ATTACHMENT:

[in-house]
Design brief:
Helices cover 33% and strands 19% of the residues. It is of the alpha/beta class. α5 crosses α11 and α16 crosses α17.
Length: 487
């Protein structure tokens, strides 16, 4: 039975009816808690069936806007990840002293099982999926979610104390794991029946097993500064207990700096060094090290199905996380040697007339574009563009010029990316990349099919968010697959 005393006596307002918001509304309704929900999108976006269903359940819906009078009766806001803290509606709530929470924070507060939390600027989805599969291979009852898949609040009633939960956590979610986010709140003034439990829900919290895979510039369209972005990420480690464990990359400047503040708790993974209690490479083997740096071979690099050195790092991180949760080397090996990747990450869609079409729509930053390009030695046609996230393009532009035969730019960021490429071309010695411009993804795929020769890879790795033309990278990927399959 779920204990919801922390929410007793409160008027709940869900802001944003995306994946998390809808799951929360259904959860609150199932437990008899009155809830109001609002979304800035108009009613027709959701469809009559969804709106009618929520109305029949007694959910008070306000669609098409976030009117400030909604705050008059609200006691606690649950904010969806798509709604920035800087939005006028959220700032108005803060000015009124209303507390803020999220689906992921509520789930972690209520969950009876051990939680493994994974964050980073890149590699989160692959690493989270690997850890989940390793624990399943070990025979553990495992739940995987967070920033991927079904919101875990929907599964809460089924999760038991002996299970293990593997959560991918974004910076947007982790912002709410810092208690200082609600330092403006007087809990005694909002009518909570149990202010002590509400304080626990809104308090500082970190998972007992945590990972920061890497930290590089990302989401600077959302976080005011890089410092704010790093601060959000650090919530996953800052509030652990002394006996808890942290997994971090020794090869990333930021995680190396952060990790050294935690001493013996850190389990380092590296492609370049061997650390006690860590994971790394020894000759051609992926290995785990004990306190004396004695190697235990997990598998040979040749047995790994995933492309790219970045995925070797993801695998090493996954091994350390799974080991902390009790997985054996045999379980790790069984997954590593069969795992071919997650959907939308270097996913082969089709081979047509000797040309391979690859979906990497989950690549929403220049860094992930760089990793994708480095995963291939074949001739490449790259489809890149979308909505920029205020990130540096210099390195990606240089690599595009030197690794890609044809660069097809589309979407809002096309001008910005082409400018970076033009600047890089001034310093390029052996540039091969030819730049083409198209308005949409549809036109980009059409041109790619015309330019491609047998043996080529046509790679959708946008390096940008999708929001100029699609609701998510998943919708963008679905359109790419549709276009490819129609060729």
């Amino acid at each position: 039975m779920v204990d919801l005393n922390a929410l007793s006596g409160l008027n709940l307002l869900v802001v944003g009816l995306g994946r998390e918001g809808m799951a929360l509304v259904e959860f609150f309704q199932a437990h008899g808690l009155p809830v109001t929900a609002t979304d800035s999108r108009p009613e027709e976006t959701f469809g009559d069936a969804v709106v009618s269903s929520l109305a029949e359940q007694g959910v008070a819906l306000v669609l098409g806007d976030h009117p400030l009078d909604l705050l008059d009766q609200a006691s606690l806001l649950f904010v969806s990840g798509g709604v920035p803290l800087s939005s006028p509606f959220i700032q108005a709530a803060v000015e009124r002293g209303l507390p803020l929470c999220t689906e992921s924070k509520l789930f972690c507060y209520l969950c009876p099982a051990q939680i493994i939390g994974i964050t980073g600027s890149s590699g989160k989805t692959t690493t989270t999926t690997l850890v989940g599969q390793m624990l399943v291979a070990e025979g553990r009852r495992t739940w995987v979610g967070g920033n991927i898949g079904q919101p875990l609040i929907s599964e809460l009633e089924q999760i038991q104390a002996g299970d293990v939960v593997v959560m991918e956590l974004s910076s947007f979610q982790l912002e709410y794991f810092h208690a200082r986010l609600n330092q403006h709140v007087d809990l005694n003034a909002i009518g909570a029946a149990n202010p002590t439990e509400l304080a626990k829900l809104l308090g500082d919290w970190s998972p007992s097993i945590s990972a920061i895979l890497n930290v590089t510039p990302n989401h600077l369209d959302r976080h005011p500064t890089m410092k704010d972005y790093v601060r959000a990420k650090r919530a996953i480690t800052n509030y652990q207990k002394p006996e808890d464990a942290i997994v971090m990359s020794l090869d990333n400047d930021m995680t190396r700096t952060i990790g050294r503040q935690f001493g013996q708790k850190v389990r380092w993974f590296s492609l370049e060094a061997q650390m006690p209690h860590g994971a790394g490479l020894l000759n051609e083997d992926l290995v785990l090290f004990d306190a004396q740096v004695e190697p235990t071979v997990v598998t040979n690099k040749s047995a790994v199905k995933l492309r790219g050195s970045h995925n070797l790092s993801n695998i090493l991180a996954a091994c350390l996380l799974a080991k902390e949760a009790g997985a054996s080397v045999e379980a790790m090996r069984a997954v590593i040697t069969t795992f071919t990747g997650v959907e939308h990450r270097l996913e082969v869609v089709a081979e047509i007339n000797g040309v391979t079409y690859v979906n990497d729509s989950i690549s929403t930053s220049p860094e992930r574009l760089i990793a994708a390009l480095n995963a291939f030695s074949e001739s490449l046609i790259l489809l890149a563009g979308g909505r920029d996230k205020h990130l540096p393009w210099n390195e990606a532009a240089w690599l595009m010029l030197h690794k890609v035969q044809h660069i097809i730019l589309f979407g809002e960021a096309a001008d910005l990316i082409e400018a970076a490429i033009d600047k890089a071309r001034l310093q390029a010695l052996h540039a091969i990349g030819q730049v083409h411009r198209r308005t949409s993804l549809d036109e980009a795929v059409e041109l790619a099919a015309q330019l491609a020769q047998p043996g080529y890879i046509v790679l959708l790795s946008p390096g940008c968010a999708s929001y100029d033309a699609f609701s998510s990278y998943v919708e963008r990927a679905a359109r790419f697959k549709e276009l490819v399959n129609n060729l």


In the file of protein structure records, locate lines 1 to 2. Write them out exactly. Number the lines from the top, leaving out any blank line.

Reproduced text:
[in-house]
Design brief: